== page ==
Thursday, March 06, 2014

International Women's Day

So, as most of the Internet knows, this happened. I wasn't going to grace it with a response, but just the way the Vancouver Canucks took up the white towel as a symbol, instead of a flag of surrender, WestJet has made the inked paper napkin a positive symbol of women in aviation, and that's not as interesting without context.

And then there's this photo of a pilot posing with the mirror shades and the massive watch looks almost as if she's redoubled her efforts to fulfill those stereotypes, to make up for the ones she misses.

I know there are people thinking, "Give it a rest, women are equal now." I hear you, and I actually thought that, coming out of university. But the attitudes like napkin-writing David's are ingrained so deeply in society that being treated as, or assumed to be incompetent becomes part of the background noise. Here's to the day when no one has to second guess whether they are believed, doubted, accepted, rejected, paid or otherwise valued based on anything other than themselves.

10 comments:

grant said...

We had a great turnout of girls/young women (7-17) at the Nanaimo Flying Club's "Women in Aviation" event. Unhappily, due to lousy weather, the flying was postponed for a later date.

One mother told us this: 'I have a boy at home who is also interested in aviation. When can I bring him?"

I seriously wonder if we shouldn't be concentrating our efforts on things like COPA's Kids Days, but with a concentrated effort to ensure the girls are represented. Have we flipped the discrimination from one gender to the other? I see too many young men "anchored" to the couch, video game controller in hand, with no idea of how to move out into the real world and find something they can do for a living... (sorry pal, the world is full of video game programmers - choose plan B).

Thoughts?

Rhonda said...

As long as people still think (and sometimes even say) that "she only got the job because she's a woman" we're not equal. Nobody ever says "he only got the job because he's a man". It's assumed that a man who got the job, got it on his merits.

It's amazing how many people see "women in [x]" events and wonder where the "men in [x]" events are, while failing to realize that every day is a "men in [x]" norm. When the vast majority of the pilots you hear and see are men, you don't have to tell boys that being a pilot is a career option, because it's obvious that men can fly planes. Not so obvious for girls when they don't see women as pilots. (Or engineers, or scientists, or doctors, or ...)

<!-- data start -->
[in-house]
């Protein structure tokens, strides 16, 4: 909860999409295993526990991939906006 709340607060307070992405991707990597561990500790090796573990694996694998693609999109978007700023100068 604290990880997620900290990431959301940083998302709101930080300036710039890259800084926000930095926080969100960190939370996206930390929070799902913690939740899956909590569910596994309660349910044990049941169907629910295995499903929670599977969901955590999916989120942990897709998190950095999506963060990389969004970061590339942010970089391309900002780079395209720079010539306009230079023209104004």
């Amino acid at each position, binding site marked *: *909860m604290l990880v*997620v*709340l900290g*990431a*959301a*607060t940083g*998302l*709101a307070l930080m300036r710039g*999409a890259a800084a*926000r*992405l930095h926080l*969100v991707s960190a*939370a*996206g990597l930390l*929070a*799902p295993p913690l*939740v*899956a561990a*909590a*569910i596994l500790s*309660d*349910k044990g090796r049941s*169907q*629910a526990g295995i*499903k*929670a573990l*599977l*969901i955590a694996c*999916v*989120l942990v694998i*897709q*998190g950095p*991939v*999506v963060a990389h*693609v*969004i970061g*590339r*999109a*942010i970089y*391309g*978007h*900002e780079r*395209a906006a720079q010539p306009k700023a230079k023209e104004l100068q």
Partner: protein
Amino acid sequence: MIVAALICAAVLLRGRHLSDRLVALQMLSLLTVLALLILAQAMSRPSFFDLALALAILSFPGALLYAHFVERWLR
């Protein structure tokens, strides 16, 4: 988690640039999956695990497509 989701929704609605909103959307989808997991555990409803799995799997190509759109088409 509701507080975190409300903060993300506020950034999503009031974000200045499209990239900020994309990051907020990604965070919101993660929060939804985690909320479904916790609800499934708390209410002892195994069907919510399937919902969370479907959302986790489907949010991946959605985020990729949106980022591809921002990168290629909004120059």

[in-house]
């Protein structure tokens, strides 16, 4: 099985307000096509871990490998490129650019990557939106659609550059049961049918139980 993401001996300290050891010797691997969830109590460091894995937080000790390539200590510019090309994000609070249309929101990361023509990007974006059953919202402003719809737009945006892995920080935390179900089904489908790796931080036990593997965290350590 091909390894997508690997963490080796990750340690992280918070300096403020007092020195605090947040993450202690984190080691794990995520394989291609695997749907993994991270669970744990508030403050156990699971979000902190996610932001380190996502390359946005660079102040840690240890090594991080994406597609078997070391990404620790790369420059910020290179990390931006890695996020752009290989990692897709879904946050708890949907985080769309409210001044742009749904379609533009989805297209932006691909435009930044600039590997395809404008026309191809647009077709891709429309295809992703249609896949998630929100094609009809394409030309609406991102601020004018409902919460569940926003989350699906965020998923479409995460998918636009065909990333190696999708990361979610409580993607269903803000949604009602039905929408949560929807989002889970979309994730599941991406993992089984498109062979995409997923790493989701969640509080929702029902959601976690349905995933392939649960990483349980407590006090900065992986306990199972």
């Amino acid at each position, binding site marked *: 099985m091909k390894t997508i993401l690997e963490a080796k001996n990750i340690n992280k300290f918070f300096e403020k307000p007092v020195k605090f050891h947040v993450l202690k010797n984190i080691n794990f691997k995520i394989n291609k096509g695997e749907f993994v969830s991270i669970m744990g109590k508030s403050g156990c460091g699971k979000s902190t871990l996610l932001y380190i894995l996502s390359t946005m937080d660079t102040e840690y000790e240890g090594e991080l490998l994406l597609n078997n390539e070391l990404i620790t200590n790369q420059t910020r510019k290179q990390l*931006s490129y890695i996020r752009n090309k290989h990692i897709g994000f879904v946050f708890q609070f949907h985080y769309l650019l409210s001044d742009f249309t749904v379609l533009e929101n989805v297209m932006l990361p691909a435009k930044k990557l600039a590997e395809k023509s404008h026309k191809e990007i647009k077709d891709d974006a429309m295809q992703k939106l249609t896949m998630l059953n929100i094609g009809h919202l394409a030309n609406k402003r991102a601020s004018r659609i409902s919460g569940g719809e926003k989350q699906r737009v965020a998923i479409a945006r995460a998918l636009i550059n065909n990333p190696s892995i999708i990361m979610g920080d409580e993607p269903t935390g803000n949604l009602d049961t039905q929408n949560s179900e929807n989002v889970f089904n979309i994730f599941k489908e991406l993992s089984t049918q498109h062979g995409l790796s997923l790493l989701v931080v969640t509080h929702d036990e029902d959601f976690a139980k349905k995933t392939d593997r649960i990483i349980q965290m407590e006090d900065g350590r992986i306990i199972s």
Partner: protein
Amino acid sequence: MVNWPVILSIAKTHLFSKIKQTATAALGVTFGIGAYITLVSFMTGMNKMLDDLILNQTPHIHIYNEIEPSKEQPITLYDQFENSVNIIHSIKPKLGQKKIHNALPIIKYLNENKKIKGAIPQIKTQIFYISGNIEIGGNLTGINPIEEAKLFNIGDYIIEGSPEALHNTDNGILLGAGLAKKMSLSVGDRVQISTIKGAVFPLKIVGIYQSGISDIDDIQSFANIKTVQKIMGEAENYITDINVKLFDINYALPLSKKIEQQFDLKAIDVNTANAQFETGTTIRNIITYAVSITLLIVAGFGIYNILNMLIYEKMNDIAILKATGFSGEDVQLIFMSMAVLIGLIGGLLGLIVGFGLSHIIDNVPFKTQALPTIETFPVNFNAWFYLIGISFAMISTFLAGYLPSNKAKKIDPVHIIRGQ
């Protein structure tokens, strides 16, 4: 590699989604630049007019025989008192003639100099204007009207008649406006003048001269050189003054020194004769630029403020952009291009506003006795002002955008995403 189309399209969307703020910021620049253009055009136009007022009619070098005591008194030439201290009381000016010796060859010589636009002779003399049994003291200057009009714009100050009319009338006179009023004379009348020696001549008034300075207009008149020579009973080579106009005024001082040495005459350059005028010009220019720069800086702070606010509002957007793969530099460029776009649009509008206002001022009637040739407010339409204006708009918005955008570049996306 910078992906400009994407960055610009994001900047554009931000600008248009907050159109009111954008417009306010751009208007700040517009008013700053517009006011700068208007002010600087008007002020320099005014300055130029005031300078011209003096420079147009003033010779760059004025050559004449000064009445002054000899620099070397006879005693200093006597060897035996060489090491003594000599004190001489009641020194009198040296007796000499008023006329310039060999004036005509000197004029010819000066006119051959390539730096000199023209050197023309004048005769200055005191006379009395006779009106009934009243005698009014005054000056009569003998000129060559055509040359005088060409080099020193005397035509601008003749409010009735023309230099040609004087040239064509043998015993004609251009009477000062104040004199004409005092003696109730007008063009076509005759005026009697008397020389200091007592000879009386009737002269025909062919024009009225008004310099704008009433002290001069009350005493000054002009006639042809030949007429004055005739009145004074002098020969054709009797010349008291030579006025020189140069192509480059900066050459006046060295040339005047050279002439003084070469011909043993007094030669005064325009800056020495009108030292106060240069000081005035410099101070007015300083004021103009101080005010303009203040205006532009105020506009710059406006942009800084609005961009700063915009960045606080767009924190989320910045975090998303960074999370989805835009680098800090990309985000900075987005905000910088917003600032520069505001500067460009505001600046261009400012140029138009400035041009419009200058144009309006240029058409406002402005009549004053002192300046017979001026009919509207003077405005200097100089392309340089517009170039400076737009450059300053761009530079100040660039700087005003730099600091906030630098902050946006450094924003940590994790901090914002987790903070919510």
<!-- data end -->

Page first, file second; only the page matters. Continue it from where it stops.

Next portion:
(On the other hand, male nurses are not very common, so a "men in nursing" event would be appropriate while a "women in nursing" event wouldn't make much sense.)

majroj said...

Google "Desiree Horton". (Her now-disappeard blog linked me to this one).

majroj said...

PS: as a male non-aviator (but used to be around military ones a lot) and father of a young lady, this photo says to me "Yeah, I'm and aviator, and I'm sure this prop won't suddenly kick over!". (I WAS crash rescue though). ;)

amulbunny's random thoughts said...

Check out Desiree on Facebook. She's flying fires these days.

That guy was a great example of the conservative patriarchal fundamentalist mindset that has tried to take root in the US. Women should be homemakers and mother and have as many kids as their poor uterus can shove out. Think Michelle Duggar. These aren't Biblical rules, they're from people like the disgraced founder of Vision Forum and the newly resigned man behind ATI Bill Gothard. Women have no business being educated beyond age 16 and they have to be under their fathers "protection" until Price Charming comes to take them to his castle and start pumping out babies.
/rant over/ Men like that have given me indigestion for a long time.

Cedar Glen said...

Celebrate women, heck YES! But that does not mean women trying to be men - the glasses and the watch etc. No one is suggesting that skirts are suitable for cockpit attire, but FGS, one can still look like a woman while wearing pants.

kbq said...

majroj - if you're interested, Desiree posts on Facebook, under her name. She puts up a fair number of pix also (especially areal fire fighting, of course :-)

kbq said...

majroj - if you're interested, Desiree posts on Facebook, under her name. She puts up a fair number of pix also (especially areal fire fighting, of course :-)

majroj said...

Ms Horton's page is nothing like the lushly decorated (HD aerial photos of LA, California, and some special locations) blog she had. The Facebook page at least when I call it up is relatively barren and impersonal.
It has her inspirational story, though.

Aviatrix said...

Grant: I imagine that seventy years ago the industry may have had "flying for boys" events, and that a few sufficiently motivated girls stepped up and got rides too. I know that the local event in my area didn't turn away boys. We could run them as "for children," but it's so hard to overcome the stereotypes and have, for example, the parents see an aviation event for children as something to take their daughters to. The assumptions run deep. For example I caught myself while teaching, assuming that males knew how a carburetor worked and females needing it explained. So there it was the boys who got shortchanged, until I remembered that fuel system knowledge is not transmitted on the Y-chromosome.

Cedar Glen: You sound like an echo of a long ago man saying that a woman shouldn't wear pants. The aviator sunglasses and the oversized watch are not the mark of a man but the mark of a pilot, and there are just as many skinny young men wearing the same emblems of the profession just as awkwardly. The way a woman looks--that's looking like a woman. Not some way that you prefer she look.